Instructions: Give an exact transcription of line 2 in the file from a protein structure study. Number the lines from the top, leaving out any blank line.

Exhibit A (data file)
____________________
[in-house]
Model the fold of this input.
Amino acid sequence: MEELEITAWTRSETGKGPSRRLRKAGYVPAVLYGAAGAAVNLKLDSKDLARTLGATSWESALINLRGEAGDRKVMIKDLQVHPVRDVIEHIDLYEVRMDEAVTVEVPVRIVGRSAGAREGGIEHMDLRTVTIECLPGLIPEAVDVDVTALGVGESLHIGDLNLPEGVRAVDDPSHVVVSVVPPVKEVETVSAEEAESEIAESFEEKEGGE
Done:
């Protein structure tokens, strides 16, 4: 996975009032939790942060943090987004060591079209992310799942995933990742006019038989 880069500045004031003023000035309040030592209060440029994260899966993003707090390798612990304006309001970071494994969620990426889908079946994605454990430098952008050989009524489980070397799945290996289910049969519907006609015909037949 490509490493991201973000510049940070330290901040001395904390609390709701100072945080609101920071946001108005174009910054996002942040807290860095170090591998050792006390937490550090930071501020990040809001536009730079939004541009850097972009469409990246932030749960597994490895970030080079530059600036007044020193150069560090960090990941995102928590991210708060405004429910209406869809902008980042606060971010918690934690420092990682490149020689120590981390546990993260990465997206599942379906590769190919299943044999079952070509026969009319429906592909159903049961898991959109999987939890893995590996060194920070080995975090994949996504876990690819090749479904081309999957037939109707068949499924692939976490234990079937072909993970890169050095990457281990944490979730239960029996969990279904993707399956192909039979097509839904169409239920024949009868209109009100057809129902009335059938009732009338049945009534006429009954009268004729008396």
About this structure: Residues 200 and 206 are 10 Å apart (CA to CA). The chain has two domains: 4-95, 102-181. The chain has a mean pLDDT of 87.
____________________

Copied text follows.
Model the fold of this input.